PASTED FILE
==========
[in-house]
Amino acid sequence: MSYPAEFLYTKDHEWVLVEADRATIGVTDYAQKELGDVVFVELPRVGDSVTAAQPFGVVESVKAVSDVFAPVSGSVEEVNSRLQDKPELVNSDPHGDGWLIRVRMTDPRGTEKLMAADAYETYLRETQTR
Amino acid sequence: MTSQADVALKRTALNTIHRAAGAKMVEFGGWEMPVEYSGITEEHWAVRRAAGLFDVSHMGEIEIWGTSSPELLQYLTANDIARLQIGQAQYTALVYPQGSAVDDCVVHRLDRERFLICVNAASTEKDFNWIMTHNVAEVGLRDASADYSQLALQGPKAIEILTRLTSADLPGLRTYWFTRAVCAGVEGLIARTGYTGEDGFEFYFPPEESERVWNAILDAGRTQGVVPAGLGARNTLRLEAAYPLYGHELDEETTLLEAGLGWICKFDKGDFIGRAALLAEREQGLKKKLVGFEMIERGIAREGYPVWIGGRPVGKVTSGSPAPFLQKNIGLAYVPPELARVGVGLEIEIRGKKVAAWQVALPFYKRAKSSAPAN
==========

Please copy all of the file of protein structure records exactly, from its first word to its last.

[in-house]
Amino acid sequence: MSYPAEFLYTKDHEWVLVEADRATIGVTDYAQKELGDVVFVELPRVGDSVTAAQPFGVVESVKAVSDVFAPVSGSVEEVNSRLQDKPELVNSDPHGDGWLIRVRMTDPRGTEKLMAADAYETYLRETQTR
Amino acid sequence: MTSQADVALKRTALNTIHRAAGAKMVEFGGWEMPVEYSGITEEHWAVRRAAGLFDVSHMGEIEIWGTSSPELLQYLTANDIARLQIGQAQYTALVYPQGSAVDDCVVHRLDRERFLICVNAASTEKDFNWIMTHNVAEVGLRDASADYSQLALQGPKAIEILTRLTSADLPGLRTYWFTRAVCAGVEGLIARTGYTGEDGFEFYFPPEESERVWNAILDAGRTQGVVPAGLGARNTLRLEAAYPLYGHELDEETTLLEAGLGWICKFDKGDFIGRAALLAEREQGLKKKLVGFEMIERGIAREGYPVWIGGRPVGKVTSGSPAPFLQKNIGLAYVPPELARVGVGLEIEIRGKKVAAWQVALPFYKRAKSSAPAN